To those factors I would add Reagan's destruction of unions which began to establish the supremacy of capital which has driven rampant and growing inequality since the 1980s. As the influence of unions waned, Democrats became more susceptible to the money and the opinions of Wall Street and colluded with the Republicans in the financialization of our economy and shifting the risks onto the individual. Reagan's elimination of the fairness doctrine also created the space for Fox News and talk radio to essentially become the propaganda arm of the Republican party but, because the party never had direct control, the messenger started to be able to craft the message, pushing the GOP to even greater extremes. And the erosion of campaign finance laws allowed fringe candidates like Newt Gingrich to continue their campaign with only the backing of a single multi-billionaire.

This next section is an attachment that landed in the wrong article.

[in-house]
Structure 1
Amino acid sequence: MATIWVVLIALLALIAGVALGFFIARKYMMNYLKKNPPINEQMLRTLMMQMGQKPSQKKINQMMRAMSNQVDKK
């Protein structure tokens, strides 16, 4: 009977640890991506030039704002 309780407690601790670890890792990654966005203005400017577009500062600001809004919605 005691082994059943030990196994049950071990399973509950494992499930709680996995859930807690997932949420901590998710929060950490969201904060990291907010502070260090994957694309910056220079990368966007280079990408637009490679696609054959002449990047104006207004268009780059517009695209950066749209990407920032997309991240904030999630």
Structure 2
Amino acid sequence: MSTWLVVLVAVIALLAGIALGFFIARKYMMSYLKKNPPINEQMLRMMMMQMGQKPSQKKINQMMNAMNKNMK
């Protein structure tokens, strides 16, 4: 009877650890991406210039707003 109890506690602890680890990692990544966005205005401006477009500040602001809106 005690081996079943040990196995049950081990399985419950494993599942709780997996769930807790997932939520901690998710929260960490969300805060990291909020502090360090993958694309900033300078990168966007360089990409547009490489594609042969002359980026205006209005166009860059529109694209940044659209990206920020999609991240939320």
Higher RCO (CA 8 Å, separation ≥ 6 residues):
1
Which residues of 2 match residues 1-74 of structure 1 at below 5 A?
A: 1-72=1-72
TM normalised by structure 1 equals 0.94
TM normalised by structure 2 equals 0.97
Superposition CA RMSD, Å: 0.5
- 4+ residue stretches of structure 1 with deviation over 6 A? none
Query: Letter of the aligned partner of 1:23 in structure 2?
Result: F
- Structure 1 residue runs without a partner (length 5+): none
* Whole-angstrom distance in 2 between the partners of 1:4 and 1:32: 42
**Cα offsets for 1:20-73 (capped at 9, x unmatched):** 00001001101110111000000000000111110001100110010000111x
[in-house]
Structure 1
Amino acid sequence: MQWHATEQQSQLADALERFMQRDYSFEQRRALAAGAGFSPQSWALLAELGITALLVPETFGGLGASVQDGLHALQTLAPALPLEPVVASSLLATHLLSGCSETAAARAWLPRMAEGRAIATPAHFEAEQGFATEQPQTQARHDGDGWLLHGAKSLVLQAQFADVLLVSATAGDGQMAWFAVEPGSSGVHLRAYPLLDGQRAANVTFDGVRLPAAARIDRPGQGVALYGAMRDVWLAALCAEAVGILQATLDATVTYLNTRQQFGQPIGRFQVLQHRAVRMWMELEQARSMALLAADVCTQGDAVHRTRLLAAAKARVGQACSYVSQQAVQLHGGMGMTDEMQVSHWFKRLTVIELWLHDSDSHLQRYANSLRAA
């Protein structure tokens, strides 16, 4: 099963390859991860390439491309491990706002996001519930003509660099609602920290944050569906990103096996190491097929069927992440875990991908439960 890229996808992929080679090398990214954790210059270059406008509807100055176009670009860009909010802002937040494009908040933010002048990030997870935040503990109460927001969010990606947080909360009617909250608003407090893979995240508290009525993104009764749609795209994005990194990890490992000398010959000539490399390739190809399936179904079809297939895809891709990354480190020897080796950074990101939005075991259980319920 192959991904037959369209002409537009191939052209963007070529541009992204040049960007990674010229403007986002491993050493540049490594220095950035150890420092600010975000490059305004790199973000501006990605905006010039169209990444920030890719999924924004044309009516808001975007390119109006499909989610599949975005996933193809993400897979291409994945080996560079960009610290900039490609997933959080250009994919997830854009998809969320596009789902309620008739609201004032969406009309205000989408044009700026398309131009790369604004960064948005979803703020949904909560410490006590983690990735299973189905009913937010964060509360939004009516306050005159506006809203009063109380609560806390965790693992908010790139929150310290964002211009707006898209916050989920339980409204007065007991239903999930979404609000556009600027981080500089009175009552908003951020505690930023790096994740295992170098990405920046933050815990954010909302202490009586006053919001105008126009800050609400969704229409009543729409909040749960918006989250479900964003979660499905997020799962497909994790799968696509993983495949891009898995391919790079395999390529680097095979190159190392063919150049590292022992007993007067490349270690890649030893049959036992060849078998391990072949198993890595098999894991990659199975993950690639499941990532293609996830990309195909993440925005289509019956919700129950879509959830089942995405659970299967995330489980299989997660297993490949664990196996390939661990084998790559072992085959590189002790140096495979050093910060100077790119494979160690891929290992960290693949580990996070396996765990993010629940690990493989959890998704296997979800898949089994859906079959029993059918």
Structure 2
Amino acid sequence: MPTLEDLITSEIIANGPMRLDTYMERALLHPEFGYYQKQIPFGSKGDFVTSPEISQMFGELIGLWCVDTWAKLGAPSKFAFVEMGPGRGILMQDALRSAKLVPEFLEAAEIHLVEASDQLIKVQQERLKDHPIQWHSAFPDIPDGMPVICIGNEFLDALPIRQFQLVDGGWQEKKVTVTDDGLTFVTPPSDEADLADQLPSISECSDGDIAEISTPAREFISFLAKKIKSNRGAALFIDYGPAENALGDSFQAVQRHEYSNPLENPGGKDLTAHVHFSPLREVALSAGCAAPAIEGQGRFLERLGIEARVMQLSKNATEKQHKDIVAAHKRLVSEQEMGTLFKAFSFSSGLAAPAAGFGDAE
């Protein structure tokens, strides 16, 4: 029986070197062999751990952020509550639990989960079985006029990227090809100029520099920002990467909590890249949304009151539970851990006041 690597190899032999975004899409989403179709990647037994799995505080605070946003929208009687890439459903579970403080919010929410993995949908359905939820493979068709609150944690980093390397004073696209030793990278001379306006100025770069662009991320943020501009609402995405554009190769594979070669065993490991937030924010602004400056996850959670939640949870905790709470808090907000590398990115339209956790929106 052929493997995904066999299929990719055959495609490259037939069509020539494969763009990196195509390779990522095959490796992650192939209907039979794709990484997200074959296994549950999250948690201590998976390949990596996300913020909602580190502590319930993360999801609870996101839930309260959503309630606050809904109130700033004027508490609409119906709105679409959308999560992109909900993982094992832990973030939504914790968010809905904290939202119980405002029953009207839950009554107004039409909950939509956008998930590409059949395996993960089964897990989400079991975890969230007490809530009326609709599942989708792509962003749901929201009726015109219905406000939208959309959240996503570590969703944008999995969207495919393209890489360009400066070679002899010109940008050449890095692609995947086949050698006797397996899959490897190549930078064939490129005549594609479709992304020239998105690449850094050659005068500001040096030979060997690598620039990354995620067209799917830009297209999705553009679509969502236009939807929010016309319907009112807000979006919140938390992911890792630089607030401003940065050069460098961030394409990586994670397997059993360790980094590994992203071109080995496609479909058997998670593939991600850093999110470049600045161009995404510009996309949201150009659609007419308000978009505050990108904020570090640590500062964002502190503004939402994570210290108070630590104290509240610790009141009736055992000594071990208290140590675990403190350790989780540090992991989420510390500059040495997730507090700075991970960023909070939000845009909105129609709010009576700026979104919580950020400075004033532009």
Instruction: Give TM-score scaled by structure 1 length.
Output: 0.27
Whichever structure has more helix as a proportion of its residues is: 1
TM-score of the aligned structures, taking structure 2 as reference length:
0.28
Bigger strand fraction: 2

Nexon continues, pointing out not only how badly our institutions are under assault but also how much seemingly irreparable damage the Republicans have already done to them. "It means that the crisis of American institutions is grave indeed. It’s been here for some time, and it came to an immediate head with the election of a demagogue. Trump is weaponizing partisanship—and the underlying loss of faith in democratic institutions—in the service of his narrow interests: status, wealth, and, it seems increasingly clear, avoiding criminal and civil culpability for his business practices...How do we rebuild norms? If we leave Republican violations ‘unpunished,’ those norms are gone. But if we retaliate, we risk making the crisis worse. The treatment of Garland provides a nice illustration. With the Court profoundly politicized, the only norm we had was that the President got to appoint—and the Senate consider—nominees in the event of a vacancy. McConnell ripped that up. The only way recourse would be to pack the Court. But that’s extremely risky—not only in terms of the politics, but in terms of the downstream institutional implications for judicial independence."